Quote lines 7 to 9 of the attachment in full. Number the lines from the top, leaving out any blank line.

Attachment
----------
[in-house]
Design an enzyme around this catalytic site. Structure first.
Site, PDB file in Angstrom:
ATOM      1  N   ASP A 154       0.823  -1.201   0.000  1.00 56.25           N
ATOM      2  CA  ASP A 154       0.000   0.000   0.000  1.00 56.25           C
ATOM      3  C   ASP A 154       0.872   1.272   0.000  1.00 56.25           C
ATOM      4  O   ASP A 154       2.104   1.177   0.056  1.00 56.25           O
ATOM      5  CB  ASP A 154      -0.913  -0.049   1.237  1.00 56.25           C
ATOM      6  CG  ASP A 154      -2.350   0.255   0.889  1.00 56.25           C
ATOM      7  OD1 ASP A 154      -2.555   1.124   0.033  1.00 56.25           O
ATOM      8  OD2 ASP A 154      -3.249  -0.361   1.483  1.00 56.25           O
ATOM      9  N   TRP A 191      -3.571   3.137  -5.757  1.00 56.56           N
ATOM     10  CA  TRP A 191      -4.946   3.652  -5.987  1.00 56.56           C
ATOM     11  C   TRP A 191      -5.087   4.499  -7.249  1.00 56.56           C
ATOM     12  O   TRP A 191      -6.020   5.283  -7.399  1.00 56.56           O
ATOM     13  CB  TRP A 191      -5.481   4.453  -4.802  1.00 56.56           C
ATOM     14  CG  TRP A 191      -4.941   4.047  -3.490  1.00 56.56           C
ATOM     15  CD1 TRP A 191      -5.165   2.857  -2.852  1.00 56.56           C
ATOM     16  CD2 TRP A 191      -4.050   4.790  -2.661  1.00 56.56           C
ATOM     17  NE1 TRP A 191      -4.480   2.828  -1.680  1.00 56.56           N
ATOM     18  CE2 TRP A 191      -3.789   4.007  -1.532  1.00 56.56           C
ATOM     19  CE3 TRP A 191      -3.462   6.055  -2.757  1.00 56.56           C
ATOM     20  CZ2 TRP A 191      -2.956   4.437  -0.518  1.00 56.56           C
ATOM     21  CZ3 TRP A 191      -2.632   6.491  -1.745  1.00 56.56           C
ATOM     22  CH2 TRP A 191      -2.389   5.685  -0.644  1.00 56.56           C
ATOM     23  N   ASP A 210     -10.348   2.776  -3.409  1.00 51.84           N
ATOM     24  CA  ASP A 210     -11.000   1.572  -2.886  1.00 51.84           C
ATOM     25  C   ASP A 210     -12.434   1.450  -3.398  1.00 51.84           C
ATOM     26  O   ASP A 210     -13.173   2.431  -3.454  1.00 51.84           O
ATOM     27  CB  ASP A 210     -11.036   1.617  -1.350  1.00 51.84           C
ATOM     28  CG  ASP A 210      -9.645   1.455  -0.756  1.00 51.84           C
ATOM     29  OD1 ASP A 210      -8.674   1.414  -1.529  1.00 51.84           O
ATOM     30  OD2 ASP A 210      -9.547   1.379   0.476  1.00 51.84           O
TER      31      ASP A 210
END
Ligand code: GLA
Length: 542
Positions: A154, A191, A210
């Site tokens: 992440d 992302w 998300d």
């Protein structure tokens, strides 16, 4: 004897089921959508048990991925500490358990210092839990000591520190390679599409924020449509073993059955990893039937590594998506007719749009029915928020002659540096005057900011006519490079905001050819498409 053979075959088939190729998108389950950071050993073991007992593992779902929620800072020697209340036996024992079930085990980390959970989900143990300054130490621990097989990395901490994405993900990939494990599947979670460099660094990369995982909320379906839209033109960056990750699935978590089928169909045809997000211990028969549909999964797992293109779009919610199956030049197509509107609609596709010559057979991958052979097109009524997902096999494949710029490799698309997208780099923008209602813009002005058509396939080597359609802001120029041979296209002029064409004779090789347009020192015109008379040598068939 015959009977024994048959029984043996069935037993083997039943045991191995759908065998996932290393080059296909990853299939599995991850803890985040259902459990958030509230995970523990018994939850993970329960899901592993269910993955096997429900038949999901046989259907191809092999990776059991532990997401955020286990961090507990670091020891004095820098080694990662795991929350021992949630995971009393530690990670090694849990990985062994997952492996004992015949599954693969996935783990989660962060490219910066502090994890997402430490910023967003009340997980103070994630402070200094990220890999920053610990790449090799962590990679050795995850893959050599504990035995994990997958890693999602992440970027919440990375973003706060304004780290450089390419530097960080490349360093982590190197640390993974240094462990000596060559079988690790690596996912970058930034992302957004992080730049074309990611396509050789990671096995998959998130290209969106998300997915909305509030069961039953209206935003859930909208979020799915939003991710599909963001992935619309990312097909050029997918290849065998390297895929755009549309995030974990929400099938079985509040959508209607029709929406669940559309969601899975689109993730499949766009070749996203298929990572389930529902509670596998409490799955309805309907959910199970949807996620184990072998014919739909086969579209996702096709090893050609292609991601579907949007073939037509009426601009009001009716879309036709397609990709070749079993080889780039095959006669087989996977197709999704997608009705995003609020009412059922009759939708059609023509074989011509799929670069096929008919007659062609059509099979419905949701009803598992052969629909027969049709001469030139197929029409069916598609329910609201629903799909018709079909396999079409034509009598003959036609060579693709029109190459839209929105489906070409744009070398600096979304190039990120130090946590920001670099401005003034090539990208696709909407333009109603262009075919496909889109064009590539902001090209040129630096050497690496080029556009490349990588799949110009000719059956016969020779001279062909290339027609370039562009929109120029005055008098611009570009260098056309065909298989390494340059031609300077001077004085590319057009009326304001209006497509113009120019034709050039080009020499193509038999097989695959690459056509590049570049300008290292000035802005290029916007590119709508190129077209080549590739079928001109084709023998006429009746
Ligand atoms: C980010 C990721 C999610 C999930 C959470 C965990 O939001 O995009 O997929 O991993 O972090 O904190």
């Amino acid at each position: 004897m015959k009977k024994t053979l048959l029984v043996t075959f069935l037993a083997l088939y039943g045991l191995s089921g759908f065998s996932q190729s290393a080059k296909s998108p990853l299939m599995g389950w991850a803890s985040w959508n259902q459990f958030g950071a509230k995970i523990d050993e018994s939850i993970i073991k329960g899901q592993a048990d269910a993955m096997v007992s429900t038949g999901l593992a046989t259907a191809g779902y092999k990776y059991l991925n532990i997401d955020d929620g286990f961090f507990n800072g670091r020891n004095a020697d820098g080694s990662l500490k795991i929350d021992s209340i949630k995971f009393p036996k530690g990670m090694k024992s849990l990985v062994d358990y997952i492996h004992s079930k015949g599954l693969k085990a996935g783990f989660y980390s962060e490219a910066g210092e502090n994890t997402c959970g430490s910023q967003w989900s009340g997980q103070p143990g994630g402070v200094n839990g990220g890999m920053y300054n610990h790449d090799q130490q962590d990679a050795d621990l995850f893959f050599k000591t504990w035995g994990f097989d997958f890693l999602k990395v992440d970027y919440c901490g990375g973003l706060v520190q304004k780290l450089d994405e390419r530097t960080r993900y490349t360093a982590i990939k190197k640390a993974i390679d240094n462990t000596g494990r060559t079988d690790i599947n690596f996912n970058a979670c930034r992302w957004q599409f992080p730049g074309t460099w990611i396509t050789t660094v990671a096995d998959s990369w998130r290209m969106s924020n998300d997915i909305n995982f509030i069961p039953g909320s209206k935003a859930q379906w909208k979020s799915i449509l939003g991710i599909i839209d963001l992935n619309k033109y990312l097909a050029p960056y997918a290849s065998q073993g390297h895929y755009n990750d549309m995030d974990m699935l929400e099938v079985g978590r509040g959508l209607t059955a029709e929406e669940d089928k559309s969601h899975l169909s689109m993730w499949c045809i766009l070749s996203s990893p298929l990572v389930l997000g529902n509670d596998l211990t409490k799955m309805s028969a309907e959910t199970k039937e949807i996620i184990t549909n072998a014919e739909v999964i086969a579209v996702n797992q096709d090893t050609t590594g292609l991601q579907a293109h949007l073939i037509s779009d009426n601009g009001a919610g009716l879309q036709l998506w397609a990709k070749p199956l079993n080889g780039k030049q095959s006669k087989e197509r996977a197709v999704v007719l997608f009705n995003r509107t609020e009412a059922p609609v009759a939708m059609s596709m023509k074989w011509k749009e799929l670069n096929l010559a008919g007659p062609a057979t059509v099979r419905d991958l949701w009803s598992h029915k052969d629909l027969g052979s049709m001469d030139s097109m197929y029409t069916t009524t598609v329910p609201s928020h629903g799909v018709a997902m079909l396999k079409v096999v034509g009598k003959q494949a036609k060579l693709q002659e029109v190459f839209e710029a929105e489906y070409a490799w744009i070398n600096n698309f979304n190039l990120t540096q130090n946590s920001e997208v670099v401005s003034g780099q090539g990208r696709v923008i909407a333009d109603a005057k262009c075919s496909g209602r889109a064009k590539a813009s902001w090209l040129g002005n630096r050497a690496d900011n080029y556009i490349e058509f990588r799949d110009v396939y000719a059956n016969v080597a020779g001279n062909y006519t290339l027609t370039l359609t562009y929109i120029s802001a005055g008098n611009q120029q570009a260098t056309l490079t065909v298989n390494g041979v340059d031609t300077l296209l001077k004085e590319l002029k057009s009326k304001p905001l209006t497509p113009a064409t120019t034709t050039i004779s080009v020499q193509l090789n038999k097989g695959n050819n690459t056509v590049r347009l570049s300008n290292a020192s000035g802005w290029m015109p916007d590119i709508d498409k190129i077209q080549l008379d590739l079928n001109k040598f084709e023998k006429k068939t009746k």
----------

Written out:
ATOM      4  O   ASP A 154       2.104   1.177   0.056  1.00 56.25           O
ATOM      5  CB  ASP A 154      -0.913  -0.049   1.237  1.00 56.25           C
ATOM      6  CG  ASP A 154      -2.350   0.255   0.889  1.00 56.25           C